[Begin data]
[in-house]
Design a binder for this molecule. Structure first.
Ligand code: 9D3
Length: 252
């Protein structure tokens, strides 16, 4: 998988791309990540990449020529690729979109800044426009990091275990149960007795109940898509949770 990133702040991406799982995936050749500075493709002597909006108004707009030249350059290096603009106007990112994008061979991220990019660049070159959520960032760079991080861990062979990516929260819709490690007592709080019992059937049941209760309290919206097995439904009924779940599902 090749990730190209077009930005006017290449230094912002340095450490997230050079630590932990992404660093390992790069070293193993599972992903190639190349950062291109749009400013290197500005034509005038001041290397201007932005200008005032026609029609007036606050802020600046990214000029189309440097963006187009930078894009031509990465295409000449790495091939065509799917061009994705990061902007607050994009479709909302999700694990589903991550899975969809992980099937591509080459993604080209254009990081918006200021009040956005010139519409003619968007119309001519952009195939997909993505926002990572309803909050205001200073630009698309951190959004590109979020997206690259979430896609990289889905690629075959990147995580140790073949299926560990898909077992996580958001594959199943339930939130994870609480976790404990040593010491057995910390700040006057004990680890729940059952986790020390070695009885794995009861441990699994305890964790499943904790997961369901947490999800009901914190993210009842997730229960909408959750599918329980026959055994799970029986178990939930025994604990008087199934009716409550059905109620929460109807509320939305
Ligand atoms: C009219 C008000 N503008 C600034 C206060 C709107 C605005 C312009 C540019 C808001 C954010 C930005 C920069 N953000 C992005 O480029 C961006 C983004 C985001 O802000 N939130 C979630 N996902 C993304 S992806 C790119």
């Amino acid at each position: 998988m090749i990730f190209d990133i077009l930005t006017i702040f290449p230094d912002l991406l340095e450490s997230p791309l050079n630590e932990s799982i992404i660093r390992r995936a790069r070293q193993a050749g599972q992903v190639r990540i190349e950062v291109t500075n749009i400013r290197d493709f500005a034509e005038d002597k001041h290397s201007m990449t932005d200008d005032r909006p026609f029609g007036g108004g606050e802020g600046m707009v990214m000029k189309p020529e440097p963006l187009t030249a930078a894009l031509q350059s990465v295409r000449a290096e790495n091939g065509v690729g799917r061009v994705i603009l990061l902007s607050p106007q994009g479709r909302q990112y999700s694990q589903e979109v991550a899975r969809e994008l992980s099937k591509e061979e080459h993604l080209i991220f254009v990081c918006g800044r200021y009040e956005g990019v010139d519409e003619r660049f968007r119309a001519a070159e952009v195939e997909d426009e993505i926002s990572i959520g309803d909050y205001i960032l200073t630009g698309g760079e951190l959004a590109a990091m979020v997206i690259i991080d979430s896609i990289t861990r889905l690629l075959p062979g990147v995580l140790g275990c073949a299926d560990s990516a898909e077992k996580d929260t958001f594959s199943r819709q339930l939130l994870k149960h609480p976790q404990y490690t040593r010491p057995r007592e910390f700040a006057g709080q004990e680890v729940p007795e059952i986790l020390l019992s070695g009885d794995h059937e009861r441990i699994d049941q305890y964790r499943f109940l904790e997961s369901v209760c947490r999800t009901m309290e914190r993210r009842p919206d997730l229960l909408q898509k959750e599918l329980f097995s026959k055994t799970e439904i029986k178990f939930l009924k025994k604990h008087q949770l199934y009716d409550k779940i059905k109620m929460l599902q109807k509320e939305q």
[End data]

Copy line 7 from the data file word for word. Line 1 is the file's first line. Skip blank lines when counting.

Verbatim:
């Amino acid at each position: 998988m090749i990730f190209d990133i077009l930005t006017i702040f290449p230094d912002l991406l340095e450490s997230p791309l050079n630590e932990s799982i992404i660093r390992r995936a790069r070293q193993a050749g599972q992903v190639r990540i190349e950062v291109t500075n749009i400013r290197d493709f500005a034509e005038d002597k001041h290397s201007m990449t932005d200008d005032r909006p026609f029609g007036g108004g606050e802020g600046m707009v990214m000029k189309p020529e440097p963006l187009t030249a930078a894009l031509q350059s990465v295409r000449a290096e790495n091939g065509v690729g799917r061009v994705i603009l990061l902007s607050p106007q994009g479709r909302q990112y999700s694990q589903e979109v991550a899975r969809e994008l992980s099937k591509e061979e080459h993604l080209i991220f254009v990081c918006g800044r200021y009040e956005g990019v010139d519409e003619r660049f968007r119309a001519a070159e952009v195939e997909d426009e993505i926002s990572i959520g309803d909050y205001i960032l200073t630009g698309g760079e951190l959004a590109a990091m979020v997206i690259i991080d979430s896609i990289t861990r889905l690629l075959p062979g990147v995580l140790g275990c073949a299926d560990s990516a898909e077992k996580d929260t958001f594959s199943r819709q339930l939130l994870k149960h609480p976790q404990y490690t040593r010491p057995r007592e910390f700040a006057g709080q004990e680890v729940p007795e059952i986790l020390l019992s070695g009885d794995h059937e009861r441990i699994d049941q305890y964790r499943f109940l904790e997961s369901v209760c947490r999800t009901m309290e914190r993210r009842p919206d997730l229960l909408q898509k959750e599918l329980f097995s026959k055994t799970e439904i029986k178990f939930l009924k025994k604990h008087q949770l199934y009716d409550k779940i059905k109620m929460l599902q109807k509320e939305q």